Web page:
House Training Your Puppy or Dog

Bringing a new puppy or dog into your home is always an exciting and happy event. One of the first training tasks is to ensure that your new companion learns to reliably eliminate outdoors. Maintaining good supervision and following a few general guidelines will lead to rapid house training success with few accidents along the way!


  • Designate an elimination area outdoors: Before bringing your new dog home, select an area of your yard or near your home that will be consistently used for your dog’s elimination. Each time that you take your new puppy or dog outside for elimination, use the same door, and take him to the same general outdoor area. Many owners introduce a phrase such as, “Do you want to go out?” immediately before taking their puppies outside to eliminate. Always use the same words and tone to indicate that you are going outside for elimination, and select another phrase for going outside for fun activities such as walking or trips to the park.
  • Positive results: Accompany your dog outside so that you can be sure that he eliminates. As he begins to sniff and circle or starts to urinate, introduce a cue command such as “go potty” or “hurry up.” Eventually this command can be used to encourage your dog to eliminate when you are traveling or in a rush. Stay with your dog and praise him quietly as he eliminates. (Note of caution: Keep your praise moderate: Too much enthusiasm may interrupt him).
  • Frequent trips: Without question, the best way to prevent accidents in the home is to take your new puppy or dog outside regularly and often. For puppies between 7 and 12 weeks of age, this means every 20 to 30 minutes during periods when your puppy is active and playing! Use 30 to 40 minutes as a guide for adults who are not house trained. In addition, always take your dog outdoors to eliminate immediately after waking up in the morning or after a nap, after meals, after all playing or training sessions, and right before you put him to bed for the evening. Although it may seem that you are spending all of your time taking your pup in and out during those first few weeks, it will be time well invested. You will find that your new dog rapidly learns that outdoors is the place for elimination and has minimal indoor accidents!
  • Establish a regular feeding and exercise schedule: Feed your dog two meals per day (three for puppies, until they are 4 to 5 months of age). Feed at the same time each day; dogs that are fed on a consistent schedule become regular in their elimination habits, which helps with house training. Avoid feeding a large meal prior to confinement. Similarly, your dog’s last feeding of the day should be several hours before bed time. Dogs thrive on a daily and regular exercise routine; set aside time each day for walks, play, and obedience training. This will not only help with house training, but is also important for creating good house manners.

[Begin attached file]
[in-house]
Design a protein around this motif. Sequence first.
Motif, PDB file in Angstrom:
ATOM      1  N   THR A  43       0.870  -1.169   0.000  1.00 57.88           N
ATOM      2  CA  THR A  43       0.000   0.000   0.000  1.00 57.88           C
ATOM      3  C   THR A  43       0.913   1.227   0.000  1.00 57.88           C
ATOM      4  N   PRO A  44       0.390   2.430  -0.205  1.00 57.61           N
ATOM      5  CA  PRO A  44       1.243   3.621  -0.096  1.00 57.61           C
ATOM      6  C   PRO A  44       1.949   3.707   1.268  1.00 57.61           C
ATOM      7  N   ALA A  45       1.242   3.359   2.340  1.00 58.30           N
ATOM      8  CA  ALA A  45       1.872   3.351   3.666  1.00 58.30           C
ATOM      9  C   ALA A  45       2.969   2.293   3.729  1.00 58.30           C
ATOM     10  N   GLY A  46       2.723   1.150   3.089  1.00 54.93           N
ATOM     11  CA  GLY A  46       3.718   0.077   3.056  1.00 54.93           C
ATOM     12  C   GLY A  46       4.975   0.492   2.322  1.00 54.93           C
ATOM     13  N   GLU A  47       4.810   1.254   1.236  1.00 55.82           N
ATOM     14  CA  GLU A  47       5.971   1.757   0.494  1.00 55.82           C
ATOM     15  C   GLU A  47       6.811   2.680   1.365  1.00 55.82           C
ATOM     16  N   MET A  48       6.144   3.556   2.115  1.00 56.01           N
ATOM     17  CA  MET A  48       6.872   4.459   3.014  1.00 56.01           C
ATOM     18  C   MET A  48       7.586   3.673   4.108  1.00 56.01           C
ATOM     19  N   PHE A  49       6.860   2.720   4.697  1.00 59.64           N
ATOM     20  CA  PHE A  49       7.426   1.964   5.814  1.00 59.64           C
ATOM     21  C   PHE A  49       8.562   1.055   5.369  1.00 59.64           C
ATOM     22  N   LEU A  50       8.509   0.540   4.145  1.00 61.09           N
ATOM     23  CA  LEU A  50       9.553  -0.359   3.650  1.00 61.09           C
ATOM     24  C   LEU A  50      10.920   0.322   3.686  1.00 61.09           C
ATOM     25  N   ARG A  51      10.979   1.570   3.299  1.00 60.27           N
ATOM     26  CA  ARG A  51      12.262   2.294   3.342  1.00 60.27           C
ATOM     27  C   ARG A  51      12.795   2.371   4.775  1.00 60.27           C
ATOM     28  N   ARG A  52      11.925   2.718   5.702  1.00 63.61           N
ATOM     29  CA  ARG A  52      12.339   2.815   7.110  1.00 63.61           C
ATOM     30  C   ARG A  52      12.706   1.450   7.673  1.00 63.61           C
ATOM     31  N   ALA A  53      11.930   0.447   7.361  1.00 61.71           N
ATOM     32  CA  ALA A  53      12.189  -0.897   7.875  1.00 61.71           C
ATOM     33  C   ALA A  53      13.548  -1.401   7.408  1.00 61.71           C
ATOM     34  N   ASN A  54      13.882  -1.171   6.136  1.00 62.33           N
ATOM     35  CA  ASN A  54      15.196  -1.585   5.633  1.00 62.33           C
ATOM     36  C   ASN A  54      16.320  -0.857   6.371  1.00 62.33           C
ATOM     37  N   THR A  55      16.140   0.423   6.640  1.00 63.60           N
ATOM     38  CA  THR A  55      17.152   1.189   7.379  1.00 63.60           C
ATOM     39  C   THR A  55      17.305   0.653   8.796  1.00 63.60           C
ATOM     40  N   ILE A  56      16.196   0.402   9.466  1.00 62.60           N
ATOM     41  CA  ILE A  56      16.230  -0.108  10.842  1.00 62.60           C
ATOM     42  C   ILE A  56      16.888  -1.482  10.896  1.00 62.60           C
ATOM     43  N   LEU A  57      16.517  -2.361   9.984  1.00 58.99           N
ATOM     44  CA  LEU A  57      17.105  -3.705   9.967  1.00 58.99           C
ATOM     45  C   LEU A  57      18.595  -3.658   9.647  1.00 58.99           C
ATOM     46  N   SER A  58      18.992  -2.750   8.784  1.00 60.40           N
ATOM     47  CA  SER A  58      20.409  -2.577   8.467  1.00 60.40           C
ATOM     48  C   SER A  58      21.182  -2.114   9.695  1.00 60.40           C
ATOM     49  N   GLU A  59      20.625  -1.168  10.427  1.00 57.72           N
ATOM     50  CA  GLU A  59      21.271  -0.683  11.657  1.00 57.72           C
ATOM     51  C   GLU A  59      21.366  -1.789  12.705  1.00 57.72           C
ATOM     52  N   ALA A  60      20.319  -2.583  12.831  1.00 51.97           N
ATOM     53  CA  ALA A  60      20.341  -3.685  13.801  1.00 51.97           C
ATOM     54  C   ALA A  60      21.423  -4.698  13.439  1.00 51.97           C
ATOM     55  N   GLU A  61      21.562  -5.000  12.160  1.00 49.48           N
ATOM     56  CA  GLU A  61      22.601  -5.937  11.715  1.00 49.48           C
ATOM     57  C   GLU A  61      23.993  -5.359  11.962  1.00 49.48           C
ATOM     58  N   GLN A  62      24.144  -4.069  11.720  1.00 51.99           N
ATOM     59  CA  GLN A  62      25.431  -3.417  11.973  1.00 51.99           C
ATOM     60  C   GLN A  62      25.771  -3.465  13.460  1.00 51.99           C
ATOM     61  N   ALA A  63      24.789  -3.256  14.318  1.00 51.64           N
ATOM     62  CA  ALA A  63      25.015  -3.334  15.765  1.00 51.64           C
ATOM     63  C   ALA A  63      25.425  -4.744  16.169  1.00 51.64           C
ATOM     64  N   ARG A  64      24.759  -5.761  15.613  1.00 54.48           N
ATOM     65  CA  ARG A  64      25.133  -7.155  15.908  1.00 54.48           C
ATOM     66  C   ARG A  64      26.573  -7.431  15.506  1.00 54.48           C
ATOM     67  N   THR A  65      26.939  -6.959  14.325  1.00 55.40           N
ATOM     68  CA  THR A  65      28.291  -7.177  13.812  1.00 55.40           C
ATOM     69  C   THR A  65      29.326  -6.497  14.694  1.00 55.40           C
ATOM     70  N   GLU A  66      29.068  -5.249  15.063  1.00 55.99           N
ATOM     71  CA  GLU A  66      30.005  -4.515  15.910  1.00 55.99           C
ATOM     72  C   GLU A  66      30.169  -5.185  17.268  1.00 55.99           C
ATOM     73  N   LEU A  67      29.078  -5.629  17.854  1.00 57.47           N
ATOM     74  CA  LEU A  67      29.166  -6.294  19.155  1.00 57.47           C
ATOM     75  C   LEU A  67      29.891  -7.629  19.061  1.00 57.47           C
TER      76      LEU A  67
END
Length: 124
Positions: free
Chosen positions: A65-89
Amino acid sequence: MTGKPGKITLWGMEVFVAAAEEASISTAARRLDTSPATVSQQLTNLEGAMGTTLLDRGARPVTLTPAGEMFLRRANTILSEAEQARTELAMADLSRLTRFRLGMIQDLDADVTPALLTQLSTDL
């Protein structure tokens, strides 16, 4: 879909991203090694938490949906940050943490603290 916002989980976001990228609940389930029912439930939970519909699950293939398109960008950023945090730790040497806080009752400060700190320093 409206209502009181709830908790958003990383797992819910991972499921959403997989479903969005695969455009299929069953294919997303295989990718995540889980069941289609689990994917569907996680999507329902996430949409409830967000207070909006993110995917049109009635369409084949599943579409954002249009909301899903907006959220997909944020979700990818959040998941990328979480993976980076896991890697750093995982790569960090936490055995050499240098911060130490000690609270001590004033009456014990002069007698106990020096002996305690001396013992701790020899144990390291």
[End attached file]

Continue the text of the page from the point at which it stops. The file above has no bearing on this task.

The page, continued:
• Supervision, supervision, supervision: The best way to avoid accidents, especially early in training, is to keep your new puppy or dog in the same room with you. A crate or small puppy-proofed room can safely confine him when you cannot closely supervise. Baby gates are also helpful to control movement throughout the house and to aid supervision. As your dog becomes more reliable in his elimination habits, you can gradually increase his freedom.


  • Do not punish: If your puppy is well supervised and taken outside frequently, accidents should be rare. However, if you do find an accident or observe your puppy eliminating inside, never punish or reprimand him in any way. Although many owners believe punishment is helpful in house training, it can actually hinder progress. This is because puppies do not generally associate the presence of feces or urine with the act of eliminating. Punishing dogs for accidents causes them to associate the punishment with the location and with the owner, but does not influence future elimination habits.
  • React calmly: If you witness your puppy eliminating in the house, quietly interrupt him and take him outside to finish. (Even in this case, do not use a correction or say “no” because you will only teach your dog to avoid eliminating in your presence, inside or outside). Clean the spot thoroughly with a biological cleaner designed for pet waste and make a note to intensify your supervision techniques. If your dog has eliminated in the same area of your home several times, prevent his access to that area for several months, even after cleaning the area thoroughly.


  • Essential rules: The three most important tenets of house training dogs are supervising, making frequent outings, and instilling a regular schedule. Preventing accidents in the house and establishing a strong, positive association with elimination in outdoor areas are the most effective means of house training your new dog and avoiding house training problems later.
  • Ensuring long-term reliability: After house training is complete, young dogs and adults should always be provided with multiple opportunities per day to go outside for elimination and should be maintained on a regular feeding and exercise schedule. Always err on the side of good judgment, taking your dog outside more frequently than may be necessary.